THE PRESS RELEASE: “Morrissey is kicking off the decade with his 13th solo studio album, I Am Not A Dog On A Chain, produced by Grammy Award-winning producer Joe Chiccarelli (Beck, The Strokes, The Killers). It was recorded during sessions at Studio La Fabrique in Saint-Rémy-de-Provence, France and Sunset Sound in Hollywood, California. “I have now produced four studio albums for Morrissey,” said Chiccarelli. “This is his boldest and most adventurous album yet. He has pushed the boundaries yet again — both musically and lyrically. And once again proving that as a songwriter and singer, he is in his own category. In truth, no one can be Morrissey but… Morrissey!” Celebrating the announcement, Morrissey released lead single Bobby, Don’t You Think They Know? with Motown legend Thelma Houston, who commented, “One of the biggest joys for me in this business is getting the opportunity to collaborate with other top artists. I love the challenge to see if what I do can work with what they’re doing. Sometimes it works, and sometimes it doesn’t. I think the blend of what Morrissey is singing and what I’m singing really works on Bobby. And it was a lot of fun working with M in the studio too!”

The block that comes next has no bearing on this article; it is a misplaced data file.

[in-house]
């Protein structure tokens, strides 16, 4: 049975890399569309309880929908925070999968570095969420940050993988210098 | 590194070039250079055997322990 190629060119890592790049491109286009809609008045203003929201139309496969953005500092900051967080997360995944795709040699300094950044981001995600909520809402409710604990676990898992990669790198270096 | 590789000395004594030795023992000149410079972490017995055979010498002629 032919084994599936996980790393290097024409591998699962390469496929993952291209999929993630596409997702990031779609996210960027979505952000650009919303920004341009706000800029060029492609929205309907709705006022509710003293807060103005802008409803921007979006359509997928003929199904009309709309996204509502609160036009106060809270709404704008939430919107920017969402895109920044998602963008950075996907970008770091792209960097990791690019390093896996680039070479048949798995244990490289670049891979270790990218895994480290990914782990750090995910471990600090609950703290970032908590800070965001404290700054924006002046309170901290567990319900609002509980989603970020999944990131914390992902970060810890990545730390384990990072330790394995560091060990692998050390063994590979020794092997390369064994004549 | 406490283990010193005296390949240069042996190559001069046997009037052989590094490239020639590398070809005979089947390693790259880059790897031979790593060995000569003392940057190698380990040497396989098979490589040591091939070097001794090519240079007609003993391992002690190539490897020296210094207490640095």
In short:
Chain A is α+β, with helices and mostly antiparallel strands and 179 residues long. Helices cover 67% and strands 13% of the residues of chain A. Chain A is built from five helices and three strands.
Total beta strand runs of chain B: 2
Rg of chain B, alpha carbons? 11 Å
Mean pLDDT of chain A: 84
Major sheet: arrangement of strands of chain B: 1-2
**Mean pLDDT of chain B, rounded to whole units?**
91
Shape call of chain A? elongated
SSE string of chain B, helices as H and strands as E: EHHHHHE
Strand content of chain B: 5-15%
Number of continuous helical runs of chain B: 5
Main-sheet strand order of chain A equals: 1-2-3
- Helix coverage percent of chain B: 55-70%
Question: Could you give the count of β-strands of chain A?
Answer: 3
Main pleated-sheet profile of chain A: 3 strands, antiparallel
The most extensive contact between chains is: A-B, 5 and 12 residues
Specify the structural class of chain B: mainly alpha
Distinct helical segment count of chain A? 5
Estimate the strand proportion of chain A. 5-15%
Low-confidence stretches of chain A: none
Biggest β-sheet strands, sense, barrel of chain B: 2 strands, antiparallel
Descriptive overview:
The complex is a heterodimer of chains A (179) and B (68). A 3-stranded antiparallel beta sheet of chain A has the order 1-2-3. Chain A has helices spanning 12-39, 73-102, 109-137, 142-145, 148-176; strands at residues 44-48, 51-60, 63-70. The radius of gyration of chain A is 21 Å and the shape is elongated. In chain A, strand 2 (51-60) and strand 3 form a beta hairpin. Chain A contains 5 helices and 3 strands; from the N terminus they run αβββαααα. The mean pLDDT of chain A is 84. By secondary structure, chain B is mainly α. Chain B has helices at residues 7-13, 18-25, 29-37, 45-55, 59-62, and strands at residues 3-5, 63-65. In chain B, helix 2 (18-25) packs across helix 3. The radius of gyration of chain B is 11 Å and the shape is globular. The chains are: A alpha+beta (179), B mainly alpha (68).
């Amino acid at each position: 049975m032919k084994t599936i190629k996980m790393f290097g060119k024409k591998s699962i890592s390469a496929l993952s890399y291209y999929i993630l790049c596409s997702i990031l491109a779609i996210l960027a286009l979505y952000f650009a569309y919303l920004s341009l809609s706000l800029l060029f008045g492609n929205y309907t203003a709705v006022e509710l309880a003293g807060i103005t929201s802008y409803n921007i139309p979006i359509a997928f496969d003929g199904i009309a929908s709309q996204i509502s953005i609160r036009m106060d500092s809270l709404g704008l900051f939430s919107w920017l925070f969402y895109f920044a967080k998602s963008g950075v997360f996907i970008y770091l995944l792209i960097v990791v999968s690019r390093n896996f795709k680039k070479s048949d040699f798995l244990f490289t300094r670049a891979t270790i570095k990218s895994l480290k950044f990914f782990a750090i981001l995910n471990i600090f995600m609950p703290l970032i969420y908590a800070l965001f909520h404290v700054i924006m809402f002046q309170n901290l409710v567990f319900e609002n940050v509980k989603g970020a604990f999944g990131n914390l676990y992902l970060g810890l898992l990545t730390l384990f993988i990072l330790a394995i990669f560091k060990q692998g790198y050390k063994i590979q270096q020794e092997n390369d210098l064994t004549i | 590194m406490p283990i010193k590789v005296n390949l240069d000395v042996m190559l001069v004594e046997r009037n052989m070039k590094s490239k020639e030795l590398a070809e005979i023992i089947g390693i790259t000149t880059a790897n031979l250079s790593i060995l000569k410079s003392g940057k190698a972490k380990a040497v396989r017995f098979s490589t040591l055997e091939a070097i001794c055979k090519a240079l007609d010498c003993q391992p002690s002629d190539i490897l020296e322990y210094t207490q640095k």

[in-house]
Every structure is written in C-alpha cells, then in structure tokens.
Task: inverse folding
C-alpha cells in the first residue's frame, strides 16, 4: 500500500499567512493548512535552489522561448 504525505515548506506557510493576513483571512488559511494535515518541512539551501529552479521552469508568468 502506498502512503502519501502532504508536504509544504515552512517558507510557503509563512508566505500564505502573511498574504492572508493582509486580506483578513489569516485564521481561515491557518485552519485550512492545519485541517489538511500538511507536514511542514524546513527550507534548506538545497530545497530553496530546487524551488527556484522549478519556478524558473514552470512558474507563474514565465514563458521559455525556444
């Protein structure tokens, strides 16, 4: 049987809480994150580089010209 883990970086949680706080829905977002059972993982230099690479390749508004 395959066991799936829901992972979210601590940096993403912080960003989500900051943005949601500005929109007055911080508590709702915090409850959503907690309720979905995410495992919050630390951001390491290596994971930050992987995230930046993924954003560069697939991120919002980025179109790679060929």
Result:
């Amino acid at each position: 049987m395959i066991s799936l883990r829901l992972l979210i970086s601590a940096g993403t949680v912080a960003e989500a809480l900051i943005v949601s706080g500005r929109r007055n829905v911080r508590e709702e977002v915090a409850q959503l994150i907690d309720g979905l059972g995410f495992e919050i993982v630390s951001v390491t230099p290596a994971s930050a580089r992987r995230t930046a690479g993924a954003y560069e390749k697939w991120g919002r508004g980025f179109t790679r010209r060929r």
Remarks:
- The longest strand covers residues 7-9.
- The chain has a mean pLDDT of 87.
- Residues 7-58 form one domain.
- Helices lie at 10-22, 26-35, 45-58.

MY TWO CENTS: I come not to praise Morrissey. At least, not for the apparently endless stream of wrongheaded, deliberately provocative shit that spews from his yap these days. Bigmouth strikes again, indeed. But I come not to bury Morrissey either. Chiefly because the former Smiths frontman’s latest studio missive — despite its clearly contrarian title — is another strong entry in his recent musical renaissance, thanks to impressively adventurous songwriting, Chiccarelli’s sharp production, a slate of strong performances and no shortage of Morrissey’s mordantly witty lyrics. If you’re one of those folks who can’t separate the artist from his art, I totally respect that. But for those who can, I Am Not A Dog On A Chain suggests the curmudgeonly old cur can still learn a few new tricks. Including ones that don’t involve autographing other artists’ records and selling them at his merch table. Sigh.